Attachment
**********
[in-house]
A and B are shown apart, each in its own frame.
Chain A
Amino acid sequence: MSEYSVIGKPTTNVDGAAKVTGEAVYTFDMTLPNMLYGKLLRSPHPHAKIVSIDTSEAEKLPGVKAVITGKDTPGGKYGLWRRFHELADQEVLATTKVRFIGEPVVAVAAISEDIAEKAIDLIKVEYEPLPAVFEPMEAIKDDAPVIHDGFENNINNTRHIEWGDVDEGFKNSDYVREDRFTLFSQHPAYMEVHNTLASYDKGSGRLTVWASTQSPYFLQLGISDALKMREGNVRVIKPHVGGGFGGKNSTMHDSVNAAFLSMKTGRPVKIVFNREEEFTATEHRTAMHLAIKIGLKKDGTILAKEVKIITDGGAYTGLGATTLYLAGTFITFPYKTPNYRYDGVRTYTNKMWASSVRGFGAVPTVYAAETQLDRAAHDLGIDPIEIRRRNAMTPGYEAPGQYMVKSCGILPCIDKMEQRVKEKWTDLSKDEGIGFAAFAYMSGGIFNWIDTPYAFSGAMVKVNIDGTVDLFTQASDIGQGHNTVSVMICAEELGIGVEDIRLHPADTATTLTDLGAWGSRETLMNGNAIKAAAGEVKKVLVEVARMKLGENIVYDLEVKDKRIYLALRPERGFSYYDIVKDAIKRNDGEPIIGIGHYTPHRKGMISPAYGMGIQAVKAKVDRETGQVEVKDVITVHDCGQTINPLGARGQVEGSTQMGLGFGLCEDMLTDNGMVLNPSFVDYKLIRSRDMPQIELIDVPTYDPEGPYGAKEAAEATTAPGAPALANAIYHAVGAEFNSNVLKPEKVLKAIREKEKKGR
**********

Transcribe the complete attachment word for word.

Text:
[in-house]
A and B are shown apart, each in its own frame.
Chain A
Amino acid sequence: MSEYSVIGKPTTNVDGAAKVTGEAVYTFDMTLPNMLYGKLLRSPHPHAKIVSIDTSEAEKLPGVKAVITGKDTPGGKYGLWRRFHELADQEVLATTKVRFIGEPVVAVAAISEDIAEKAIDLIKVEYEPLPAVFEPMEAIKDDAPVIHDGFENNINNTRHIEWGDVDEGFKNSDYVREDRFTLFSQHPAYMEVHNTLASYDKGSGRLTVWASTQSPYFLQLGISDALKMREGNVRVIKPHVGGGFGGKNSTMHDSVNAAFLSMKTGRPVKIVFNREEEFTATEHRTAMHLAIKIGLKKDGTILAKEVKIITDGGAYTGLGATTLYLAGTFITFPYKTPNYRYDGVRTYTNKMWASSVRGFGAVPTVYAAETQLDRAAHDLGIDPIEIRRRNAMTPGYEAPGQYMVKSCGILPCIDKMEQRVKEKWTDLSKDEGIGFAAFAYMSGGIFNWIDTPYAFSGAMVKVNIDGTVDLFTQASDIGQGHNTVSVMICAEELGIGVEDIRLHPADTATTLTDLGAWGSRETLMNGNAIKAAAGEVKKVLVEVARMKLGENIVYDLEVKDKRIYLALRPERGFSYYDIVKDAIKRNDGEPIIGIGHYTPHRKGMISPAYGMGIQAVKAKVDRETGQVEVKDVITVHDCGQTINPLGARGQVEGSTQMGLGFGLCEDMLTDNGMVLNPSFVDYKLIRSRDMPQIELIDVPTYDPEGPYGAKEAAEATTAPGAPALANAIYHAVGAEFNSNVLKPEKVLKAIREKEKKGR